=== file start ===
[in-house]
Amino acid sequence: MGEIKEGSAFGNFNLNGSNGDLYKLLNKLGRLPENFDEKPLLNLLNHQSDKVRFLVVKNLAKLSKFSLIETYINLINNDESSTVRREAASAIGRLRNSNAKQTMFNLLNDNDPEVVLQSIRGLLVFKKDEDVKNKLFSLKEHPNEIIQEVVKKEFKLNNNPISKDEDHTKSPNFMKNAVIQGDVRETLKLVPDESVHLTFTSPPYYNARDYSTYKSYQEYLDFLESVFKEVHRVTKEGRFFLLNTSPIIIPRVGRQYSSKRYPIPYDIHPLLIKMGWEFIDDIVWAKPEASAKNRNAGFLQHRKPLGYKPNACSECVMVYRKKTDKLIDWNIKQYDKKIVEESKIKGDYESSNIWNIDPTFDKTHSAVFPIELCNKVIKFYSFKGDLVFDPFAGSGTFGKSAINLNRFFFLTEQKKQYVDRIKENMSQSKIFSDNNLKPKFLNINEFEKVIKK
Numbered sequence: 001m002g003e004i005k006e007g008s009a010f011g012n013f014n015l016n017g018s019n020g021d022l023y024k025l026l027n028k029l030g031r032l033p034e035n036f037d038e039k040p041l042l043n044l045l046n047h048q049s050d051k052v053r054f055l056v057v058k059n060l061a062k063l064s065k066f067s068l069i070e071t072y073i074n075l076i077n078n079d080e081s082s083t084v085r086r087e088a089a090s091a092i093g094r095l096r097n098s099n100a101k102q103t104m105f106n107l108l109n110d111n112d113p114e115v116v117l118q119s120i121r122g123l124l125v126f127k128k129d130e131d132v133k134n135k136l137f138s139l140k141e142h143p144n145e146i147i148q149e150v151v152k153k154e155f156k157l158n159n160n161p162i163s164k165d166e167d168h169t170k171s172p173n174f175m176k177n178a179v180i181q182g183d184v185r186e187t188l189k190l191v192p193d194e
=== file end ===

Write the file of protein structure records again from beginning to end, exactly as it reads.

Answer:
[in-house]
Amino acid sequence: MGEIKEGSAFGNFNLNGSNGDLYKLLNKLGRLPENFDEKPLLNLLNHQSDKVRFLVVKNLAKLSKFSLIETYINLINNDESSTVRREAASAIGRLRNSNAKQTMFNLLNDNDPEVVLQSIRGLLVFKKDEDVKNKLFSLKEHPNEIIQEVVKKEFKLNNNPISKDEDHTKSPNFMKNAVIQGDVRETLKLVPDESVHLTFTSPPYYNARDYSTYKSYQEYLDFLESVFKEVHRVTKEGRFFLLNTSPIIIPRVGRQYSSKRYPIPYDIHPLLIKMGWEFIDDIVWAKPEASAKNRNAGFLQHRKPLGYKPNACSECVMVYRKKTDKLIDWNIKQYDKKIVEESKIKGDYESSNIWNIDPTFDKTHSAVFPIELCNKVIKFYSFKGDLVFDPFAGSGTFGKSAINLNRFFFLTEQKKQYVDRIKENMSQSKIFSDNNLKPKFLNINEFEKVIKK
Numbered sequence: 001m002g003e004i005k006e007g008s009a010f011g012n013f014n015l016n017g018s019n020g021d022l023y024k025l026l027n028k029l030g031r032l033p034e035n036f037d038e039k040p041l042l043n044l045l046n047h048q049s050d051k052v053r054f055l056v057v058k059n060l061a062k063l064s065k066f067s068l069i070e071t072y073i074n075l076i077n078n079d080e081s082s083t084v085r086r087e088a089a090s091a092i093g094r095l096r097n098s099n100a101k102q103t104m105f106n107l108l109n110d111n112d113p114e115v116v117l118q119s120i121r122g123l124l125v126f127k128k129d130e131d132v133k134n135k136l137f138s139l140k141e142h143p144n145e146i147i148q149e150v151v152k153k154e155f156k157l158n159n160n161p162i163s164k165d166e167d168h169t170k171s172p173n174f175m176k177n178a179v180i181q182g183d184v185r186e187t188l189k190l191v192p193d194e